Oyster business model likely unsustainable; the number of subscriptions a consumer will sign up for is not without limits
Morning Brief: US markets are set to open lower as fears of further Chinese currency devaluation, combined with concerns about US durable goods orders (not to mention that little VW mess) have Dow futures down
The book industry trade press is understandably upset by the double whammy they experienced recently, with word that eBook sales are declining, then that the eBook subscription service Oyster was folding. As TNM wrote yesterday, there are lots of reasons for declining digital edition sales, including declining tablet sales, poorly produced digital editions, and higher prices.
Then there is the fact that eBook sales may not actually be declining. In a column set to appear here later this morning, contributor Nate Hoffelder will argue that the sales statistics most repeated by the media only represent a slice of the overall market.
But the question of the viability of subscription services is a legitimate one, I believe. There are limits to the number of such services on will subscribe to – TV viewers don’t normally buy a cable package, then install DirecTV, nor will many subscribe to multiple music streaming services.
Books are probably even more limiting in that readers invest a lot of time with an individual book. That they would find it useful to have unlimited access is questionable, though I believe the service does work for a few readers. That there could be many such services in existence and succeeding, though, seems unlikely. And unlike the magazine industry, where publishers are willing to add their titles to any newsstand, book publishers appear to want a little more control, at least over pricing.
There is no barrier to entry to the digital newsstand or bookstore market, but there is a huge barrier to entry to creating a successful business model. Oyster was paying publishers too much, and charging customers too little to make their model work. In the end, it was the system they created that was of value, which is why at least some of the team has now moved over to Google, according to Re/code.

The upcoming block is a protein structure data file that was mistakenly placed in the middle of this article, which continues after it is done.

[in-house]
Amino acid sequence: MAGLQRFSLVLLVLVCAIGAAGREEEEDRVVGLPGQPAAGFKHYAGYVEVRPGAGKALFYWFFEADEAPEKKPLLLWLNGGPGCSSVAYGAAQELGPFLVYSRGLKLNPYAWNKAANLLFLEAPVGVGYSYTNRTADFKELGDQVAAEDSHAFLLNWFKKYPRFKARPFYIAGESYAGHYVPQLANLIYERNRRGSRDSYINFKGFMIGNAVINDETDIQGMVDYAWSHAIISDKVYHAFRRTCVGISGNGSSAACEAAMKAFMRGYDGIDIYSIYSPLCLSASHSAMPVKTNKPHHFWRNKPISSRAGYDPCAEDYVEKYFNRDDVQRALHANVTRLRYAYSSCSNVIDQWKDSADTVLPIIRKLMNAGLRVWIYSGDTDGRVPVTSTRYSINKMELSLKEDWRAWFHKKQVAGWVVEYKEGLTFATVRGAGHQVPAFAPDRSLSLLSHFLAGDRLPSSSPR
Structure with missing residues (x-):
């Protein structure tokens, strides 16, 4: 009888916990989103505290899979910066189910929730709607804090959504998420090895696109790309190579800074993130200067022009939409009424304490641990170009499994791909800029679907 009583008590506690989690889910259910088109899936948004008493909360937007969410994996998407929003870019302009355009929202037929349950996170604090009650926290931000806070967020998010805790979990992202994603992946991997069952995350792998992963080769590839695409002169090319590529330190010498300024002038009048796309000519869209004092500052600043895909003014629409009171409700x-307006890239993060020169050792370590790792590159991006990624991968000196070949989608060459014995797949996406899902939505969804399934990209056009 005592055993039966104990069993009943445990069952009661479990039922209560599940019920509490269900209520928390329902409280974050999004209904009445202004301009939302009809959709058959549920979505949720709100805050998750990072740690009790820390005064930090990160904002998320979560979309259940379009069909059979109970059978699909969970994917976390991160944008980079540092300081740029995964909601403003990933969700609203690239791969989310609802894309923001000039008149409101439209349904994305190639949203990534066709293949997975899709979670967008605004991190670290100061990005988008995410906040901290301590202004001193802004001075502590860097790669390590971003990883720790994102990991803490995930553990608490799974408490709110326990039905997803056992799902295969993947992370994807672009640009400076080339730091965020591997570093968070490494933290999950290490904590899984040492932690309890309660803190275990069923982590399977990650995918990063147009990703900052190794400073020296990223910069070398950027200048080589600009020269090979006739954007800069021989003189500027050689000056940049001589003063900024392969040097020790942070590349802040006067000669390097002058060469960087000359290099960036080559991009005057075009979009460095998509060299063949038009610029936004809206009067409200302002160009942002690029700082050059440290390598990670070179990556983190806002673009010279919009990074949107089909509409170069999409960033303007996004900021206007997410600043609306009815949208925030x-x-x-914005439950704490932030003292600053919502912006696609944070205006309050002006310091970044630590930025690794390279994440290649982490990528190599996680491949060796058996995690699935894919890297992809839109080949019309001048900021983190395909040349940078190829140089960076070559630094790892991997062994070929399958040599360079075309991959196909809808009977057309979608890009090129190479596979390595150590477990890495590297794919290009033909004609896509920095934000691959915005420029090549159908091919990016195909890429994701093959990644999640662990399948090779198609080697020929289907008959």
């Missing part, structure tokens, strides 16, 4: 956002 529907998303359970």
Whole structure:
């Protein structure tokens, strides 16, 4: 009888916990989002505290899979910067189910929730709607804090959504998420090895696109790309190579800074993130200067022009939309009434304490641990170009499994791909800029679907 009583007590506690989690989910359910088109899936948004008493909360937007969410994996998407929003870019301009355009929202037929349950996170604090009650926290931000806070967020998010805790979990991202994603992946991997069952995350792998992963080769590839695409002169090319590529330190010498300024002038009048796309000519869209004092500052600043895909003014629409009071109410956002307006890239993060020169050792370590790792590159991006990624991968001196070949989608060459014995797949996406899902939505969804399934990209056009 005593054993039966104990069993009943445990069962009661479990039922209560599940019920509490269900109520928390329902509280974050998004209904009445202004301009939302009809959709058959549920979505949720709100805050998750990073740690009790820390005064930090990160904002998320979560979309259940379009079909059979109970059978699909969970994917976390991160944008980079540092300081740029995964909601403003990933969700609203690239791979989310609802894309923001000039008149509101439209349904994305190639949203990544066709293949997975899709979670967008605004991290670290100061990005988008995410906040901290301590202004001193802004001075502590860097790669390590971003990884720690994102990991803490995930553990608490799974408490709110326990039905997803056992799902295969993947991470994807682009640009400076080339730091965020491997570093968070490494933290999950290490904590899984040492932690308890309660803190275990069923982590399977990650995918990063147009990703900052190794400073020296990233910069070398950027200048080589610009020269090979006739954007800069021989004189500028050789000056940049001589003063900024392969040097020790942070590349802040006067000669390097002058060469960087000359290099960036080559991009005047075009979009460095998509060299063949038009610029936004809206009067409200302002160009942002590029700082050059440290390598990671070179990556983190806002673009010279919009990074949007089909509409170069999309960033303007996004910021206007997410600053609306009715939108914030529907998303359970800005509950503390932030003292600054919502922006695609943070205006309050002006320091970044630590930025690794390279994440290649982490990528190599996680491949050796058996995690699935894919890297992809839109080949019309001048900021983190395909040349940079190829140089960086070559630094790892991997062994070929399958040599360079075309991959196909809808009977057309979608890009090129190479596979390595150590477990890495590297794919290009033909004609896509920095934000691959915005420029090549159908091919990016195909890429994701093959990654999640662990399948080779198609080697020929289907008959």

It will be interesting to see exactly what the limits are as to the number of music streaming services a consumer will sign up for. Apple will likely mention their Apple Music numbers at their October earnings conference call, but it will take a full year before we really know how well Apple is doing, and how this will effect Spotify, Pandora and other services.
It looked like the August slump in stock prices might not be repeated in September, but the month is ending on a sour note thanks to Volkswagen, more bad economic news out of China, as well as a slowing in US manufacturing.
Markets in Europe are down about one and a half percent today and US markets are set to open lower, as well.
Of particular concern is China, which may well devalue its currency again to try and stimulate exports.
But then again, there is that VW story, which some believe could explode again if it is discovered that other car markers were also using software to cheat emission tests.
ThinkProgress became the latest website to move to unionize, joining the Writers Guild of America, East. Salon, Gawker, and Vice have made similar moves to join the Writers Guild, while the US staff of The Guardian recently joined the NewsGuild-CWA.
“Here at ThinkProgress, we believe having a union will help us protect and elevate the good conditions we currently enjoy in our workplace, both for ourselves and for all who come after us,” the staff wrote in a letter to management. “This security will ensure we continue to create the cutting-edge, high-quality, and editorially independent journalism ThinkProgress is known for long into the future.”
“The men and women who write, edit and produce stories at ThinkProgress join hundreds of others in digital media who recognize the power of collective bargaining,” said Lowell Peterson, executive director of the WGA East.